Interview with Roll The Dice

Roll The Dice

Interview with Malcolm Pardon & Peder Mannerfelt.

Congratulations on the new album, it’s really incredible. I love how there is a new direction; it’s similar in ways to the previous two records but the narrative has changed, in terms of the ground you cover.
Malcolm Pardon:
Well I’m glad you like it.

I’d love for you to discuss the aims from the outset, for example I love how there is an added use of strings on ‘Until Silence’, mixed with the usual piano and synthesizers.
MP:
Yeah, well we had an idea about kind of moving from these two characters on the second album, ‘In Dust’, they were placed in a kind of industrial scenario and so, on this one we tried to sort of, move them forward a bit in history and ended up somewhere around the First World War. And then at the same time, strings felt like an appropriate instrumentation for that period and that kind of drama.
Peder Mannerfelt: Also to try to broaden the emotional palette you know, make it bigger.
MP: And also, we didn’t want to add more synthesizers or more piano, we wanted to bring something else into it and so that was a good arena.

Another wonderful hallmark of the album is the huge range of emotions. Similar to your previous albums too, I love how there is even more of a range between the soft, tender or more gentle moments to the more intense and chaotic moments.
PM: Yeah that was the idea to try and broaden the horizon and get it to peak at both ends; more destructive and emotional as you say.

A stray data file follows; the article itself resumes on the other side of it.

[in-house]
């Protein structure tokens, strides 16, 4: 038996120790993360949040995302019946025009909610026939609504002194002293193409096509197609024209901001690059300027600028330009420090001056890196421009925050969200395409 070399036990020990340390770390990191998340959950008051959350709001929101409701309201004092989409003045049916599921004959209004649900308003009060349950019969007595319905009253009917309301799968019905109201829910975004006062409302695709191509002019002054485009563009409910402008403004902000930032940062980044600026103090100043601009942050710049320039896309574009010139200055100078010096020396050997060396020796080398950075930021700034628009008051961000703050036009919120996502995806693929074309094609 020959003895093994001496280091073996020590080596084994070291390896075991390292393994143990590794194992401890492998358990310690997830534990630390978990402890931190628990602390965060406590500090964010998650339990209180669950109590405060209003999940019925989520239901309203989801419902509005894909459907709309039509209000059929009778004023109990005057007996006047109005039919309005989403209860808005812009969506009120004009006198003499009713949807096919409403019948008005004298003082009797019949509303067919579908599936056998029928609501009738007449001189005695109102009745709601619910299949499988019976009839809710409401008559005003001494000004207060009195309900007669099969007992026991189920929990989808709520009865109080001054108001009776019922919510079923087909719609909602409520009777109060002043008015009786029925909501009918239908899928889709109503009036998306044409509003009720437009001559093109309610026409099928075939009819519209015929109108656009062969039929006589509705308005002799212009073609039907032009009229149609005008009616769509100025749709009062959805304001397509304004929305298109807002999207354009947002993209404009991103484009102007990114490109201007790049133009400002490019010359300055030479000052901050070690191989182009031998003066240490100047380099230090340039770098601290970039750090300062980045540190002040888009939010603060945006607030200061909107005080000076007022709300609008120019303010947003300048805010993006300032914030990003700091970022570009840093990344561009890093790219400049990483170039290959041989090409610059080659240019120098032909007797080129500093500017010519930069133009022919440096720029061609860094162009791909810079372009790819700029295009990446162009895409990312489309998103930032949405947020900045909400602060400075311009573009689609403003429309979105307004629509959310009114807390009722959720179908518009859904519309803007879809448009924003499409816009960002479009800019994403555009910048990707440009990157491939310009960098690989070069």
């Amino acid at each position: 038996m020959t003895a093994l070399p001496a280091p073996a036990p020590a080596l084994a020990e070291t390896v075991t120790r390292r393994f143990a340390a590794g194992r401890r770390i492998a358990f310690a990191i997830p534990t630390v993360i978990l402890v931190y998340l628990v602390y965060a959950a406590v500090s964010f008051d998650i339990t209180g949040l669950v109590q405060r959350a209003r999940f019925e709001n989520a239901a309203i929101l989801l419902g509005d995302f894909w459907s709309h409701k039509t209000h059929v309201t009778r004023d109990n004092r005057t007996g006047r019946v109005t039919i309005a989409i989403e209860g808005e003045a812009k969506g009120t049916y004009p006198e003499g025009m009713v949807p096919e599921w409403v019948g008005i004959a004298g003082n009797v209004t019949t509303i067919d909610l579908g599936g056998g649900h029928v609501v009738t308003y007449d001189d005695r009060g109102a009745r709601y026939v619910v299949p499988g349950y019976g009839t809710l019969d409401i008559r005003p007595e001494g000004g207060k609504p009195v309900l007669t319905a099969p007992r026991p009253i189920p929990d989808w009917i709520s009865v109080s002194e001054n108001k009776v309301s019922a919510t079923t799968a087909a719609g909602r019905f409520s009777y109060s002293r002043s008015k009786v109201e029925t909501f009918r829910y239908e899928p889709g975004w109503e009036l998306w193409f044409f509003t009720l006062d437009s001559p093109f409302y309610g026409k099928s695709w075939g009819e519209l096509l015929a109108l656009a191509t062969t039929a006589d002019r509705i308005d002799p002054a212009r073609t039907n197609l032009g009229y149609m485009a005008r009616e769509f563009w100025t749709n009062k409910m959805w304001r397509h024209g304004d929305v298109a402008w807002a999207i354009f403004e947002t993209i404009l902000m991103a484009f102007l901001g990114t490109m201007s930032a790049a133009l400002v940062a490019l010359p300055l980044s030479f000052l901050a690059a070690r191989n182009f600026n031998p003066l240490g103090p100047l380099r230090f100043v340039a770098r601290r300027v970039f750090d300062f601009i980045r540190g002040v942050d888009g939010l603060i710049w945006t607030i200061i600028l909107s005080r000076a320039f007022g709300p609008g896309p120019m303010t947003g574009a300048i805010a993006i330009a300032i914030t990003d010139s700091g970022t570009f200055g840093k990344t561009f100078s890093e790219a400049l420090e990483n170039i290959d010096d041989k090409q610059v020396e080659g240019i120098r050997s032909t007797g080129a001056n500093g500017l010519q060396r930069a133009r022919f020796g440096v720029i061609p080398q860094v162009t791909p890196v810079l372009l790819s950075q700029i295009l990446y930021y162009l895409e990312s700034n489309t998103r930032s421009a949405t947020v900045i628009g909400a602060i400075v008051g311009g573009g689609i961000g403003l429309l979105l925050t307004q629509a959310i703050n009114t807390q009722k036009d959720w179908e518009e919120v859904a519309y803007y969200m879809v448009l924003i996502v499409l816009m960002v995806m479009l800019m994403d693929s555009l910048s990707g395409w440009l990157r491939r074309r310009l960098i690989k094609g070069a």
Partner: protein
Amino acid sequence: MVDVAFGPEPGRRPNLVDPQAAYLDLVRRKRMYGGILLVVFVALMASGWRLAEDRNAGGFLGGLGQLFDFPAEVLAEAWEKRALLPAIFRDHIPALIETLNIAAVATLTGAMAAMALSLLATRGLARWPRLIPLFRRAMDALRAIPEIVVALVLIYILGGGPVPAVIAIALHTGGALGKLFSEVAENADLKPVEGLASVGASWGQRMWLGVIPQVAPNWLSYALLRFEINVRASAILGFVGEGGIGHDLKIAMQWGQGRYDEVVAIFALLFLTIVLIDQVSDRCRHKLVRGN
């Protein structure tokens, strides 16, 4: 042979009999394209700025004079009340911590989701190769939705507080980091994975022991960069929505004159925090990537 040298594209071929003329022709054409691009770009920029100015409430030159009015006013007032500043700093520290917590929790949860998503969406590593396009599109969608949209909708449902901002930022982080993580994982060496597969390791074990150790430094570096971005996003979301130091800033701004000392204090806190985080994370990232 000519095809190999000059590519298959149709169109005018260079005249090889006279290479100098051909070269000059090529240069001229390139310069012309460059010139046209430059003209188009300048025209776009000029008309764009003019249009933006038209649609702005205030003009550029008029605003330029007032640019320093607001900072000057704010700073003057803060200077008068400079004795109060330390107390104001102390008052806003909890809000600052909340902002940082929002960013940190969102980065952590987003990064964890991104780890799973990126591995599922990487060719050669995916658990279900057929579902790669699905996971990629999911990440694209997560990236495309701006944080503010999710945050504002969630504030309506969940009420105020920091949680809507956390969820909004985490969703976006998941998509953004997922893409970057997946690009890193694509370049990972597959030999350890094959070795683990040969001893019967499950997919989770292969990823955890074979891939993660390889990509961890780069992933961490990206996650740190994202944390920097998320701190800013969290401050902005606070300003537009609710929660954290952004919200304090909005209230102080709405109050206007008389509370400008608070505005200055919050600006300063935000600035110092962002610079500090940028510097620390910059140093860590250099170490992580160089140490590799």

MP: We felt on this one we wanted to be a bit more emotional, be a bit more dramatic at the same time you know. A bit of a bigger difference.
PM: Pushing everything to the extreme.
MP: The strings are always a good tool for the kind of emotions.

As a duo who create their own unique blend of music, I would love to gain an insight into the creative process involved? Is it usually a case of beginning with an idea or a piano line. It amazes me how you end up creating the music you have in the end.
PM: Well to be honest we don’t really know either [laughs].
MP: It’s a bit of a gamble you know, for every good idea there’s a bad idea as well, you know. So we don’t really know anything until we start working on a song and that’s always the same. Try keep it, you know to have no pre-conceived ideas. Rather than just sit down and work on something, it might be like, if Peder comes up with a sequencer of some sort, I try to play along with that and so, we try to keep it sort of improvised. Obviously when we put it together it needs to be organized.
PM: The first sketches is getting something in. Then if it sticks and it’s something that we can feed off each other and it kind of evolves, and this album was a long process and a lot of editing, layering, stripping back and arranging. We don’t really know what we started with or the original idea.

I love the album-title itself. It’s similar in a way to the previous album-title but it’s a perfect title for the music.